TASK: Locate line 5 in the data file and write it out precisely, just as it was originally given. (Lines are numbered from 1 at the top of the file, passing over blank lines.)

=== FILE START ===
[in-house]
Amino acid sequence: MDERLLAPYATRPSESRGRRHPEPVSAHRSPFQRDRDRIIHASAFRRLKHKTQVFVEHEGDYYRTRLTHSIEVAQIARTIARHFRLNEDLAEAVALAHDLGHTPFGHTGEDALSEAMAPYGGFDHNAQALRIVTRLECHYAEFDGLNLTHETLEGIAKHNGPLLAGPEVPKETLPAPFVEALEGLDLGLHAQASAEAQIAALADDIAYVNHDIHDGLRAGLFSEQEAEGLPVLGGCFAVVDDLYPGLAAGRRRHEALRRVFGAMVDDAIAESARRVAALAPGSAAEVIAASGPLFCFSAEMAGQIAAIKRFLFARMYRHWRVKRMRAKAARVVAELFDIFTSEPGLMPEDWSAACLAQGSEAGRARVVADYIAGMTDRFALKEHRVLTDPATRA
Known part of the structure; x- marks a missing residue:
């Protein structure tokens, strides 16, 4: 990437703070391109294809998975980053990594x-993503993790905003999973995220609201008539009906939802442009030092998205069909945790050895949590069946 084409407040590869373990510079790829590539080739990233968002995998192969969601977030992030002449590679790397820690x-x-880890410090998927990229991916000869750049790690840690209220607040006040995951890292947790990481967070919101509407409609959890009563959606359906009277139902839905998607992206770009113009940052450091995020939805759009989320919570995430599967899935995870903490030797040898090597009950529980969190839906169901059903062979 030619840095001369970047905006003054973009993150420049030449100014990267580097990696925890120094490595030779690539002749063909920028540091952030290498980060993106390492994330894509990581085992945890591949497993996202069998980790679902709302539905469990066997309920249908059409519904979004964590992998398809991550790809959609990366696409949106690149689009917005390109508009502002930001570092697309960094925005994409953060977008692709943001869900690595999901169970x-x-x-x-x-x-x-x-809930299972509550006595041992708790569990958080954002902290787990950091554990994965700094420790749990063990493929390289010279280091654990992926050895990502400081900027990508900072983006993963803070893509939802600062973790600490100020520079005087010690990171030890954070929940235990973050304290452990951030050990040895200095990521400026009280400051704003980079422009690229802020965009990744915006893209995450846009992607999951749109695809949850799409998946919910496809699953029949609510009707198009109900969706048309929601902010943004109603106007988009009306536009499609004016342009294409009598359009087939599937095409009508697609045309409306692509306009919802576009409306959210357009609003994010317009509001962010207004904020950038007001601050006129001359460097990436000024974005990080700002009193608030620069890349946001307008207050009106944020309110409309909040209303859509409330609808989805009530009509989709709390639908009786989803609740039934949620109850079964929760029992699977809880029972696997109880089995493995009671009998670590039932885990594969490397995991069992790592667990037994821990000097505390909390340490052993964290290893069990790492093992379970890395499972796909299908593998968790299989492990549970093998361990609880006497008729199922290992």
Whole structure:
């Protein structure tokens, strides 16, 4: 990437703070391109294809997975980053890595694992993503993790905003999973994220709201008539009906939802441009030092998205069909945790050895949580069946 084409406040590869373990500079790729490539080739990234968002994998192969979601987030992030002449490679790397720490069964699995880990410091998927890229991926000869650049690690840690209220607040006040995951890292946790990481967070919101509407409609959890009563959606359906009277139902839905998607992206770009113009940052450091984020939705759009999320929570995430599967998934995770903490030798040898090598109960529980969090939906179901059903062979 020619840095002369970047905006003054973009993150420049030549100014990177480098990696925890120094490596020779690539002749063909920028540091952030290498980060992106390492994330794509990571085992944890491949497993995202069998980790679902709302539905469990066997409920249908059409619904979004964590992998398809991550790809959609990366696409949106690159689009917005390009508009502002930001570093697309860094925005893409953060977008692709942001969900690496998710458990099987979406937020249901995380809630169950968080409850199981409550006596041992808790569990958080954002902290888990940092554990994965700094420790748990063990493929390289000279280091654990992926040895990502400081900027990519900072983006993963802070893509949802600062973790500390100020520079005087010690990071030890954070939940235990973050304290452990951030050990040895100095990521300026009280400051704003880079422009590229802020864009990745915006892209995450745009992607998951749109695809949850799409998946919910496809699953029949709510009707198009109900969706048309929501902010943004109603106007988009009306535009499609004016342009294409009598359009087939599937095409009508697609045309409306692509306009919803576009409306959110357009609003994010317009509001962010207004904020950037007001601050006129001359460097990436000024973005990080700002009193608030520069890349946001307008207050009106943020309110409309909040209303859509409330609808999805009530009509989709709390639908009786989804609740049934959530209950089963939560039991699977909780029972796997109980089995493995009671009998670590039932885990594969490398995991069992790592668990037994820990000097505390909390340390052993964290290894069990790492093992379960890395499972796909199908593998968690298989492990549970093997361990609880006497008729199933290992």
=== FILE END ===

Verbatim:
Whole structure: